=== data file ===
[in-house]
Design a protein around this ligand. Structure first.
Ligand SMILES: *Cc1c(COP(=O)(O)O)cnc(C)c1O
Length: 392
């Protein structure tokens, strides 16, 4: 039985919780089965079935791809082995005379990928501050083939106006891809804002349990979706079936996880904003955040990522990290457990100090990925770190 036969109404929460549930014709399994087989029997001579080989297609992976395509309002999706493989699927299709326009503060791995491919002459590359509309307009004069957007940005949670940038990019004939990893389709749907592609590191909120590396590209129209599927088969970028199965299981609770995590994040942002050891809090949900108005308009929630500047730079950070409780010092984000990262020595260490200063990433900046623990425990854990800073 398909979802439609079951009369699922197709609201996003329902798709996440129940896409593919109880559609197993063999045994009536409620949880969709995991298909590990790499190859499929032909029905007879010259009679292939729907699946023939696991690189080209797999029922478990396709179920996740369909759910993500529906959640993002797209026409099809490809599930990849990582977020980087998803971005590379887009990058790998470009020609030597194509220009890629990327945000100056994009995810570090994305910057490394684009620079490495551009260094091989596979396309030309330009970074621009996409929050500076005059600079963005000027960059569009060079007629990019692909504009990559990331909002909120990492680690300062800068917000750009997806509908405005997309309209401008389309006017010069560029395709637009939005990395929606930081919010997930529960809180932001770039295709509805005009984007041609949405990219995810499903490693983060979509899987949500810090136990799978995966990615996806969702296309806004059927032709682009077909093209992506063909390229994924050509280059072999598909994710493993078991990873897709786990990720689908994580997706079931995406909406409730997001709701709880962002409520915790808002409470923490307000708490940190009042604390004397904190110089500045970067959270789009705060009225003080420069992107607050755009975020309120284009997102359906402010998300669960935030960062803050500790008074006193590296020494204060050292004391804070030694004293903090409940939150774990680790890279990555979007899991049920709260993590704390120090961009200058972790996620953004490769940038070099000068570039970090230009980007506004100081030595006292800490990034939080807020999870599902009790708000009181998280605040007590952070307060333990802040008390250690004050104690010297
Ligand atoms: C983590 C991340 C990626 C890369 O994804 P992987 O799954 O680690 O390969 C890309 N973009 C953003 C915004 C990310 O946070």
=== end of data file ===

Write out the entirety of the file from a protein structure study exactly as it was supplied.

[in-house]
Design a protein around this ligand. Structure first.
Ligand SMILES: *Cc1c(COP(=O)(O)O)cnc(C)c1O
Length: 392
């Protein structure tokens, strides 16, 4: 039985919780089965079935791809082995005379990928501050083939106006891809804002349990979706079936996880904003955040990522990290457990100090990925770190 036969109404929460549930014709399994087989029997001579080989297609992976395509309002999706493989699927299709326009503060791995491919002459590359509309307009004069957007940005949670940038990019004939990893389709749907592609590191909120590396590209129209599927088969970028199965299981609770995590994040942002050891809090949900108005308009929630500047730079950070409780010092984000990262020595260490200063990433900046623990425990854990800073 398909979802439609079951009369699922197709609201996003329902798709996440129940896409593919109880559609197993063999045994009536409620949880969709995991298909590990790499190859499929032909029905007879010259009679292939729907699946023939696991690189080209797999029922478990396709179920996740369909759910993500529906959640993002797209026409099809490809599930990849990582977020980087998803971005590379887009990058790998470009020609030597194509220009890629990327945000100056994009995810570090994305910057490394684009620079490495551009260094091989596979396309030309330009970074621009996409929050500076005059600079963005000027960059569009060079007629990019692909504009990559990331909002909120990492680690300062800068917000750009997806509908405005997309309209401008389309006017010069560029395709637009939005990395929606930081919010997930529960809180932001770039295709509805005009984007041609949405990219995810499903490693983060979509899987949500810090136990799978995966990615996806969702296309806004059927032709682009077909093209992506063909390229994924050509280059072999598909994710493993078991990873897709786990990720689908994580997706079931995406909406409730997001709701709880962002409520915790808002409470923490307000708490940190009042604390004397904190110089500045970067959270789009705060009225003080420069992107607050755009975020309120284009997102359906402010998300669960935030960062803050500790008074006193590296020494204060050292004391804070030694004293903090409940939150774990680790890279990555979007899991049920709260993590704390120090961009200058972790996620953004490769940038070099000068570039970090230009980007506004100081030595006292800490990034939080807020999870599902009790708000009181998280605040007590952070307060333990802040008390250690004050104690010297
Ligand atoms: C983590 C991340 C990626 C890369 O994804 P992987 O799954 O680690 O390969 C890309 N973009 C953003 C915004 C990310 O946070």